The group find the Herbalist, appropriately encased in a cocoon of wood, still undergoing his ascension. For the Paper Pleasers, they had waited a long time to ascend and knew their purpose, so their transformation was over quickly. Herb’s might be a little more complex, though I reason the Cat pushed him into choosing ascension as part of his plan to possess Ruby. Speaking of her, the group find Ruby in her own cocoon. A distraught Yang tries to free her, but Jaune stops her. They cannot intervene, but must accept whatever or whoever Ruby becomes. Yang understandably struggles to accept this, worrying that Ruby won’t be her sister anymore. Just then, Herb pops out of his cocoon, sporting legs and the wings that the Blacksmith was crafting. He accepts his new duds easily and flies off, inspiring the others to wait and see what happens.

We catch up with Ruby in the heart of the tree, where she reunites with the Blacksmith. Our metallic friend appears to be forging a mouse-shaped headpiece. Apparently Little has already come through and chosen her new form. I do hope Little returns for the last episode to provide clarity on her purpose as Ruby’s guide. There has been speculation that Little was once Penny’s body, repurposed to act as Ruby’s friend.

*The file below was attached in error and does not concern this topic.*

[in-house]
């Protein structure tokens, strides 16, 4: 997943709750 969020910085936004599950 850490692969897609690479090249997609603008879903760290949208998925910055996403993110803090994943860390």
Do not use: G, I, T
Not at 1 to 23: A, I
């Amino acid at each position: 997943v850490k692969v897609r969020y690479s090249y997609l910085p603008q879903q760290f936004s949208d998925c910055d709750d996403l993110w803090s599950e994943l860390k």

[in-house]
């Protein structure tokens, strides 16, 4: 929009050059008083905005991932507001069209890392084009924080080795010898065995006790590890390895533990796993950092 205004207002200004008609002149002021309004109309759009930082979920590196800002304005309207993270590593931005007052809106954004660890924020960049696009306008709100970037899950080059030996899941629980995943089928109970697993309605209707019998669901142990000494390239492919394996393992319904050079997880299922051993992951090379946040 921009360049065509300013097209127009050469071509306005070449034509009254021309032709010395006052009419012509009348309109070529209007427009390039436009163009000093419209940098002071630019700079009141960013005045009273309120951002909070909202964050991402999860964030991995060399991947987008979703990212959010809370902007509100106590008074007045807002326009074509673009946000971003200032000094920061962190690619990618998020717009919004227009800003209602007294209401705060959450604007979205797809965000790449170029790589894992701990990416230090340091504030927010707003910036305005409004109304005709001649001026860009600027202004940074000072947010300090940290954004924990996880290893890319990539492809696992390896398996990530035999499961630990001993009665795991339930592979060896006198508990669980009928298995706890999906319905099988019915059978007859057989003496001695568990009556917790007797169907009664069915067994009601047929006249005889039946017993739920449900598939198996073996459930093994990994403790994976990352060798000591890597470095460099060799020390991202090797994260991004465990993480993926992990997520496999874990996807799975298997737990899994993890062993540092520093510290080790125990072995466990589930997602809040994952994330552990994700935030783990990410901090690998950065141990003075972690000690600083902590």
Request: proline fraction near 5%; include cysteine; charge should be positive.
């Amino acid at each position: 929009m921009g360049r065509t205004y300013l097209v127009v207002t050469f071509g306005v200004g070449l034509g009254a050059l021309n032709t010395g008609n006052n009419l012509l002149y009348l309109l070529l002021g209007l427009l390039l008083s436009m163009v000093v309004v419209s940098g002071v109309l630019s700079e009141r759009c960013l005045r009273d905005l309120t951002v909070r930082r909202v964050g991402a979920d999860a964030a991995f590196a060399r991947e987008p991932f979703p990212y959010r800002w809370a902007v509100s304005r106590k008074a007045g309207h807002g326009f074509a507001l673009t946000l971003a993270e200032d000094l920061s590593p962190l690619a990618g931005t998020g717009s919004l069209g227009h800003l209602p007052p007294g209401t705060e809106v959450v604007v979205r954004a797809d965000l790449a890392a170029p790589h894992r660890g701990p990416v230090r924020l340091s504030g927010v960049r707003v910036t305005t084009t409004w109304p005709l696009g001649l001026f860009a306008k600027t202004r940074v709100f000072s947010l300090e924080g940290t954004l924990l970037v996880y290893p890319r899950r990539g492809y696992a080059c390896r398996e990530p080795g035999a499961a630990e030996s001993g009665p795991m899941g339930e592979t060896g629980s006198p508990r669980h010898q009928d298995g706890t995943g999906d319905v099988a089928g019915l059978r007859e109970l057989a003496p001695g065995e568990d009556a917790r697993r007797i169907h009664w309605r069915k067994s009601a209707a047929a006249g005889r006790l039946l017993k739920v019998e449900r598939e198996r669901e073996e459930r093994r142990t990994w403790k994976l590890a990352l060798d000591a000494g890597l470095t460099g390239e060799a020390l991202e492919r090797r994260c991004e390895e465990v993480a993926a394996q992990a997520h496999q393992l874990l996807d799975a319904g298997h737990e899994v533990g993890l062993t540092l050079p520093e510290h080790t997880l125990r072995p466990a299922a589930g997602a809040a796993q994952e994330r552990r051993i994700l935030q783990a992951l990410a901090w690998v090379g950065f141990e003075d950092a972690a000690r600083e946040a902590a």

Ruby asks if the Blacksmith is the tree incarnate, to which she somewhat confirms as a simplistic way to look at the tree’s way. Ruby fears that she will die, but the Blacksmith reassures Ruby that the decision is hers alone. Her friends emphasized this as well. The writers chose to focus on Ruby and make the decision hers. For most of her life, Ruby deliberately walked in her mother’s shadow and carried burdens of others, at the expense of her own needs. At the moment she gets decide her own destiny, Ruby finds herself unable to, much to the Blacksmith’s surprise.

Jumping back to the others, they hear a loud banging noise. They find the door back to Remnant, which the Cat/Neo is trying to ram his way through unsuccessfully. The Cat is unable to go through as Neo has no attachments to Remnant. Avenging Torchwick was personal, whilst get payback on Cinder is more arbitrary. The Cat then drops the clanger that he tried doing the same thing to Alyx. In a flashback, the Cat explains that he, Alyx, and Lewis reached the tree. After Alyx had a conversation with a tree, she has a change of heart, deciding to stay in the Ever After to fix all the problems she caused. She sent Lewis back home, thwarting the Cat’s plans, so he killed her.